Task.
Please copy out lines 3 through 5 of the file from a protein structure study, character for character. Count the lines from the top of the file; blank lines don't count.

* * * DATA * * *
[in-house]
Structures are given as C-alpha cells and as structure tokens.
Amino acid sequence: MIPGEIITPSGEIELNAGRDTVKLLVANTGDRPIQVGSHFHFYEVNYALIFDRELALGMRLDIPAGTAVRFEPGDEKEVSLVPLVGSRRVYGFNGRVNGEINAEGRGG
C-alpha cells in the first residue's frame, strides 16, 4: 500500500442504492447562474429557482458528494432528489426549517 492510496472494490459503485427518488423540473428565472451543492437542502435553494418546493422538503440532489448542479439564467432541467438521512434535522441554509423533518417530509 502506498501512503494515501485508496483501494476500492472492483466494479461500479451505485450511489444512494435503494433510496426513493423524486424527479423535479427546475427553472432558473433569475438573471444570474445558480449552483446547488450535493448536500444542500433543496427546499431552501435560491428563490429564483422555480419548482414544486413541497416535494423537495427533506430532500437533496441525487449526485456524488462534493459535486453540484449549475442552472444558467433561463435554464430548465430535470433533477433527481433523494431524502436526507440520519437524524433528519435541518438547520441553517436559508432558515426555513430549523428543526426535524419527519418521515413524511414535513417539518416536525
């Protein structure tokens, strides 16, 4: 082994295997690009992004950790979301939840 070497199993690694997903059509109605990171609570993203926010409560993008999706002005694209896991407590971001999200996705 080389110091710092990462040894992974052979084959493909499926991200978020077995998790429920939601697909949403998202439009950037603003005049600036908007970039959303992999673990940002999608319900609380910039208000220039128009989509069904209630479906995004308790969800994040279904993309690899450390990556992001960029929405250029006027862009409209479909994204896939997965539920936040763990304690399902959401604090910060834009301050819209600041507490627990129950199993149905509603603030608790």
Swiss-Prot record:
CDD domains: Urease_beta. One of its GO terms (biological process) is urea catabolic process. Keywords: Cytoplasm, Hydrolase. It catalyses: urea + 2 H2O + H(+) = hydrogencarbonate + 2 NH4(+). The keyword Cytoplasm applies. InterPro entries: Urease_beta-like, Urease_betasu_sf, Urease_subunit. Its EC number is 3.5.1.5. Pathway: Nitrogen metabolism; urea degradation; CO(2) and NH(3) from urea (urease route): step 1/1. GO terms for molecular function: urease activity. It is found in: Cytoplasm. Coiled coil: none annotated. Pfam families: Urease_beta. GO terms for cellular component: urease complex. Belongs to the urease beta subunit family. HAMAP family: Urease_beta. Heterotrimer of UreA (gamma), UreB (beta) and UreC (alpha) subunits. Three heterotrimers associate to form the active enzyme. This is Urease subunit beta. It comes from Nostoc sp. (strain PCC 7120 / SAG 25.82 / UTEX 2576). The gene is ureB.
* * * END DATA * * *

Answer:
Amino acid sequence: MIPGEIITPSGEIELNAGRDTVKLLVANTGDRPIQVGSHFHFYEVNYALIFDRELALGMRLDIPAGTAVRFEPGDEKEVSLVPLVGSRRVYGFNGRVNGEINAEGRGG
C-alpha cells in the first residue's frame, strides 16, 4: 500500500442504492447562474429557482458528494432528489426549517 492510496472494490459503485427518488423540473428565472451543492437542502435553494418546493422538503440532489448542479439564467432541467438521512434535522441554509423533518417530509 502506498501512503494515501485508496483501494476500492472492483466494479461500479451505485450511489444512494435503494433510496426513493423524486424527479423535479427546475427553472432558473433569475438573471444570474445558480449552483446547488450535493448536500444542500433543496427546499431552501435560491428563490429564483422555480419548482414544486413541497416535494423537495427533506430532500437533496441525487449526485456524488462534493459535486453540484449549475442552472444558467433561463435554464430548465430535470433533477433527481433523494431524502436526507440520519437524524433528519435541518438547520441553517436559508432558515426555513430549523428543526426535524419527519418521515413524511414535513417539518416536525
């Protein structure tokens, strides 16, 4: 082994295997690009992004950790979301939840 070497199993690694997903059509109605990171609570993203926010409560993008999706002005694209896991407590971001999200996705 080389110091710092990462040894992974052979084959493909499926991200978020077995998790429920939601697909949403998202439009950037603003005049600036908007970039959303992999673990940002999608319900609380910039208000220039128009989509069904209630479906995004308790969800994040279904993309690899450390990556992001960029929405250029006027862009409209479909994204896939997965539920936040763990304690399902959401604090910060834009301050819209600041507490627990129950199993149905509603603030608790």